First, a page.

New Orleans Saints
For the first time in a long time, the Saints are looking for a quarterback. Sean Payton has the kind of friendly reputation with quarterbacks, it’s more of a partnership than a coach that could lure Rodgers to the NFC South. The Saints have had bad big trades before and are happy to be ruthless in the pursuit of improving their roster: they will move up to fan favorites, swing superstars into trades, adjust the salary cap in order to earn a few bucks. additional. to add another player now to win today not caring about the future. Anyway, all the things Rodgers has trouble with in Green Bay.
At some point, the Saints will soon have to pay for all the sins of the Drew Brees era background wage cap, but there is enough flexibility in the new collective bargaining agreement for the team can start. two more years, opening enough of a window that might get Rodgers moving.
Green Bay Packers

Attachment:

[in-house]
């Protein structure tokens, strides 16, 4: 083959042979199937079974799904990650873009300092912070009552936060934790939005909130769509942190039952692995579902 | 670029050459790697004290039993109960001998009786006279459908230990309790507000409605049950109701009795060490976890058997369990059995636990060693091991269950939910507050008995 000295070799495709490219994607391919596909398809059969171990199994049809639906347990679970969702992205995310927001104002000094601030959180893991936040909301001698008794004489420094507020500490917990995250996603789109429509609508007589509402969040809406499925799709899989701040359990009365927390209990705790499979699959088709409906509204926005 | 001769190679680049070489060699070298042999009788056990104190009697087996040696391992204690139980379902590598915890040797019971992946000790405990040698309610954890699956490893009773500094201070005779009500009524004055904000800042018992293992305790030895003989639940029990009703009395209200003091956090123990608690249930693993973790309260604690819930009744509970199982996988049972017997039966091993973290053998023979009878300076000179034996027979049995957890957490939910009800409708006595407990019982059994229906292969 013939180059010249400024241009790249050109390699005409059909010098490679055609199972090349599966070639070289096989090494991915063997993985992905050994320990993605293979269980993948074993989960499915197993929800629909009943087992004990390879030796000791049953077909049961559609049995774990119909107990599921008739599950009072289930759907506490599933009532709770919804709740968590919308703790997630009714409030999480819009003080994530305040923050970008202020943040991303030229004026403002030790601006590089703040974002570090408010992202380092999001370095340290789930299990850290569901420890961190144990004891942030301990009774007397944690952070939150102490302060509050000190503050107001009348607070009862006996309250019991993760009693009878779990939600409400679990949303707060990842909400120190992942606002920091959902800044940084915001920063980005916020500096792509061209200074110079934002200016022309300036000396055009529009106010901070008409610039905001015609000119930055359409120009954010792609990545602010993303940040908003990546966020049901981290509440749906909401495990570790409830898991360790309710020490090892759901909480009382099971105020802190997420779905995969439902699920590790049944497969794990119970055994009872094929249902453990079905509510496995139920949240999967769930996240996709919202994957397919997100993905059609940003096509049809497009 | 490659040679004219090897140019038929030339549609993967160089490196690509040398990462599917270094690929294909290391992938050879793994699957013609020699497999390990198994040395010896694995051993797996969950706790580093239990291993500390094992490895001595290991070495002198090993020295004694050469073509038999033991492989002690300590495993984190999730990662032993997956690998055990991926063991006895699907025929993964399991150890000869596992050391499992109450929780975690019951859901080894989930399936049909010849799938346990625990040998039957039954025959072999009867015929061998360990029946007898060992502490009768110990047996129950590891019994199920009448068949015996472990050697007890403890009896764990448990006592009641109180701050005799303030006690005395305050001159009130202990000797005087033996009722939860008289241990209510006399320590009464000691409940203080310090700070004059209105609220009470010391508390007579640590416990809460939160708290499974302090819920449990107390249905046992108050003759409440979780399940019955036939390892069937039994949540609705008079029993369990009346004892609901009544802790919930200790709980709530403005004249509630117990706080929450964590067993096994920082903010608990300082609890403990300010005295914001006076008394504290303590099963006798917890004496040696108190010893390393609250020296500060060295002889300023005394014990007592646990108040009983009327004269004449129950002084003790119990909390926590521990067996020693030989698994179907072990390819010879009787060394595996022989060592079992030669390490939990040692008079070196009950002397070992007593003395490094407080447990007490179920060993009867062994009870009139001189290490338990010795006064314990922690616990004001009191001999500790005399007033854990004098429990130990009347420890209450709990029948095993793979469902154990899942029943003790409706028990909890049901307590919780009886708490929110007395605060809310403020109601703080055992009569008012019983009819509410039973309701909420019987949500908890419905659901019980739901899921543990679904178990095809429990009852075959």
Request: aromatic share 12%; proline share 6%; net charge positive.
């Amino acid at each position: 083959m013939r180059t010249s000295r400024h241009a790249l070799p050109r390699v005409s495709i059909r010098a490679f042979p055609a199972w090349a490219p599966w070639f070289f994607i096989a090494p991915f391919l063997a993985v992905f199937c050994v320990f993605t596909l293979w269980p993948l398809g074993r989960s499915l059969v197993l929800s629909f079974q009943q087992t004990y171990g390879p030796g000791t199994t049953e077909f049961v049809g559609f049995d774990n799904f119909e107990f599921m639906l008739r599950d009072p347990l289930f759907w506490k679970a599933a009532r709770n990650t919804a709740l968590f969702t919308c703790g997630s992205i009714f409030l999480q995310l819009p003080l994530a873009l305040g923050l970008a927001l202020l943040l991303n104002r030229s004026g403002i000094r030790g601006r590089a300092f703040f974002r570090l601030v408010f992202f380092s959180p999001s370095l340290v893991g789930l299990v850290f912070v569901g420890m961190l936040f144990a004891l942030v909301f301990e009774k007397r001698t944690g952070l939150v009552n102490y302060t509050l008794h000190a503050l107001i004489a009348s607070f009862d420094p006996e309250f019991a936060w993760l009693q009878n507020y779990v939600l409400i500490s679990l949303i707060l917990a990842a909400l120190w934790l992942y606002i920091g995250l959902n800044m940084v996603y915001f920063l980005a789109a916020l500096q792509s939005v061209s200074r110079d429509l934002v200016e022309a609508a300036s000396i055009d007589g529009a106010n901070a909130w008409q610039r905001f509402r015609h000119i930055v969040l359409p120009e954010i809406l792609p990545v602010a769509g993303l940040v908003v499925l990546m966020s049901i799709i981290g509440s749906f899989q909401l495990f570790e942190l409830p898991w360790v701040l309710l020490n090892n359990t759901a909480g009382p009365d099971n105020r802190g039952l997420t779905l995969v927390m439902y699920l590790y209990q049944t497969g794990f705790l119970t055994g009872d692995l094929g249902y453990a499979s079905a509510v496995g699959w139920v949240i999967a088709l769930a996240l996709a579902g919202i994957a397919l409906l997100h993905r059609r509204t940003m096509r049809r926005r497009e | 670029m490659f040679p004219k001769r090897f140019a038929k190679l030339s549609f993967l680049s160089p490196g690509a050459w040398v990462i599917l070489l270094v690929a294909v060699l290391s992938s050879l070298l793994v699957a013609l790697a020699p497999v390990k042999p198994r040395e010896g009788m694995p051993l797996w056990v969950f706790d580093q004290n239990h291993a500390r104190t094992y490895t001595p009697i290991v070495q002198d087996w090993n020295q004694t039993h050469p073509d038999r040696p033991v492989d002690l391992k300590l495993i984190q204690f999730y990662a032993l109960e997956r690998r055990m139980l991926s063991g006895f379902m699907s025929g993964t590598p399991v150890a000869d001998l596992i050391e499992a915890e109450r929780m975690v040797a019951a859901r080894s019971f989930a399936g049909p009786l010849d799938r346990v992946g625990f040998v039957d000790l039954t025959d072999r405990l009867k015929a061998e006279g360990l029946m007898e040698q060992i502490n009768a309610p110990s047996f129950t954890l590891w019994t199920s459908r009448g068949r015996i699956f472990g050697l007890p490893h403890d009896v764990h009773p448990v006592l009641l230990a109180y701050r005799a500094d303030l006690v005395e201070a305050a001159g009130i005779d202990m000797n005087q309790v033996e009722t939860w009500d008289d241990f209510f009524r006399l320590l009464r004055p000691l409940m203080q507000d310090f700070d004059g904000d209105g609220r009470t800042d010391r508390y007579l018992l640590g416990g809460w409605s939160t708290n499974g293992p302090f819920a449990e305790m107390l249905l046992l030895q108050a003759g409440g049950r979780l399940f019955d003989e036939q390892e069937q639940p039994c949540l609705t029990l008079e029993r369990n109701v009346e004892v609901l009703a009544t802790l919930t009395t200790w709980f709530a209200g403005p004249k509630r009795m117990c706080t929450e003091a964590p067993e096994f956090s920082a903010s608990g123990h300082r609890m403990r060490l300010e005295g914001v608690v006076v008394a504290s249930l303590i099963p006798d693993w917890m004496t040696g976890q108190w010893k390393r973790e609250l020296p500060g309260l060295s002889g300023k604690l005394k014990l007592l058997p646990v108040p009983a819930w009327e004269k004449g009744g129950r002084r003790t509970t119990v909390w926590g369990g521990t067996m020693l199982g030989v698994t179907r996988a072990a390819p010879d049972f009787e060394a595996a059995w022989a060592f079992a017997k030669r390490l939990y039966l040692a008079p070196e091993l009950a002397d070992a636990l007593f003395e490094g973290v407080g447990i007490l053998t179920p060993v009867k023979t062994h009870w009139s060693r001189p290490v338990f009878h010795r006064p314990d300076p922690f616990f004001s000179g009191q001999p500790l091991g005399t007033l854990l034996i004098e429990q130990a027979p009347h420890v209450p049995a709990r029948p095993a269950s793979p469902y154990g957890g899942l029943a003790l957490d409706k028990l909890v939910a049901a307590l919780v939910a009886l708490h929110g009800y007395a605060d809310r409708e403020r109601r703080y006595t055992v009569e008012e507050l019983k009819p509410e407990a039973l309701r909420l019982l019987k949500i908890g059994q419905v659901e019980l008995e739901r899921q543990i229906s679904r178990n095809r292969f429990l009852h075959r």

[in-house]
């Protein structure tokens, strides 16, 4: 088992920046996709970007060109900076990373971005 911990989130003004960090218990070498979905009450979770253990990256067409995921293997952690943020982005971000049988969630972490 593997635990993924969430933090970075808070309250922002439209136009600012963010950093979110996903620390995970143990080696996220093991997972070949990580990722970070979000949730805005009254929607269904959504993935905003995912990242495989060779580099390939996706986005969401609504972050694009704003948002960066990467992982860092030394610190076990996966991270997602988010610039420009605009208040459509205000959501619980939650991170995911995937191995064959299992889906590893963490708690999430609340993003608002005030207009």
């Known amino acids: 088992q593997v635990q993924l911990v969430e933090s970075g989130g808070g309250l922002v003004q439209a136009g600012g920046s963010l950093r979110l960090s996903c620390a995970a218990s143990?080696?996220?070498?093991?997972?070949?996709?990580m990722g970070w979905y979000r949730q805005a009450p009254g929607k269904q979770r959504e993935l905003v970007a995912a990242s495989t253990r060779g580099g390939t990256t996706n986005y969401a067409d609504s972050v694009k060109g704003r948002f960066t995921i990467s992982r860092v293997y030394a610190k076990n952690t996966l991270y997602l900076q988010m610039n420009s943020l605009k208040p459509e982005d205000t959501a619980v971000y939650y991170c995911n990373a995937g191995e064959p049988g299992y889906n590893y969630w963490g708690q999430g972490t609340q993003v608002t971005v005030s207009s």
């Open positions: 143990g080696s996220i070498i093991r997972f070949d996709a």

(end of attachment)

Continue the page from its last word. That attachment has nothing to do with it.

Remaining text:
The Packers don’t want to trade Rodgers. If anything, it would be better from the Packers’ point of view for Rodgers to retire rather than move on to another team, regardless of how much compensation would come in exchange, meaning the quarterback will have to make a stench – publicly or privately – to get out of Green Bay.
This offers three interesting questions for Rodgers to answer before hitting the ultimate I want to get out button (so far all Rodgers-want-to-get-out chatter has come in leaks, not through his own mouth): will he leave to improve his chances of winning a Super Bowl elsewhere? Does he want to leave because he feels that promises have been broken by his superiors and that he cannot continue working with the team? Does he really want to move because he’s tired of Wisconsin and wants to go back to the West Coast where he could potentially host Jeopardy !?
It’s hard to say that wherever he could land there would be a demonstrable improvement over Green Bay’s list.